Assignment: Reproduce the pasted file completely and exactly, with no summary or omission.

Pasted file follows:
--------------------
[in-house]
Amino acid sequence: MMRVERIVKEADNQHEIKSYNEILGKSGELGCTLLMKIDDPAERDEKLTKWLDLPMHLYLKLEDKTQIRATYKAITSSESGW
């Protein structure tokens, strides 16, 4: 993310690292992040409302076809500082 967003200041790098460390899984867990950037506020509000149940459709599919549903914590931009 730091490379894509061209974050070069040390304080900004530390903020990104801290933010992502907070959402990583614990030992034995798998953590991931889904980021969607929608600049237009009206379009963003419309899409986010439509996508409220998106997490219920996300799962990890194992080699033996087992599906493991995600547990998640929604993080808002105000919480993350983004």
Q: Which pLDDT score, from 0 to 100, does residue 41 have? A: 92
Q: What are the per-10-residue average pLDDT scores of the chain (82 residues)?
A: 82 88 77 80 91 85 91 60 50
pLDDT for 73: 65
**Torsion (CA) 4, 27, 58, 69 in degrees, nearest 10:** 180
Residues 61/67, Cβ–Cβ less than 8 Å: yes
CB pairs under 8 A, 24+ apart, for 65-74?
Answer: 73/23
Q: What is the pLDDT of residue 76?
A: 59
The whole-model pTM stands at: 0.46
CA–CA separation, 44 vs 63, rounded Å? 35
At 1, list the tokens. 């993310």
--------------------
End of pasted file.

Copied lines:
[in-house]
Amino acid sequence: MMRVERIVKEADNQHEIKSYNEILGKSGELGCTLLMKIDDPAERDEKLTKWLDLPMHLYLKLEDKTQIRATYKAITSSESGW
């Protein structure tokens, strides 16, 4: 993310690292992040409302076809500082 967003200041790098460390899984867990950037506020509000149940459709599919549903914590931009 730091490379894509061209974050070069040390304080900004530390903020990104801290933010992502907070959402990583614990030992034995798998953590991931889904980021969607929608600049237009009206379009963003419309899409986010439509996508409220998106997490219920996300799962990890194992080699033996087992599906493991995600547990998640929604993080808002105000919480993350983004």
Q: Which pLDDT score, from 0 to 100, does residue 41 have? A: 92
Q: What are the per-10-residue average pLDDT scores of the chain (82 residues)?
A: 82 88 77 80 91 85 91 60 50
pLDDT for 73: 65
**Torsion (CA) 4, 27, 58, 69 in degrees, nearest 10:** 180
Residues 61/67, Cβ–Cβ less than 8 Å: yes
CB pairs under 8 A, 24+ apart, for 65-74?
Answer: 73/23
Q: What is the pLDDT of residue 76?
A: 59
The whole-model pTM stands at: 0.46
CA–CA separation, 44 vs 63, rounded Å? 35
At 1, list the tokens. 């993310």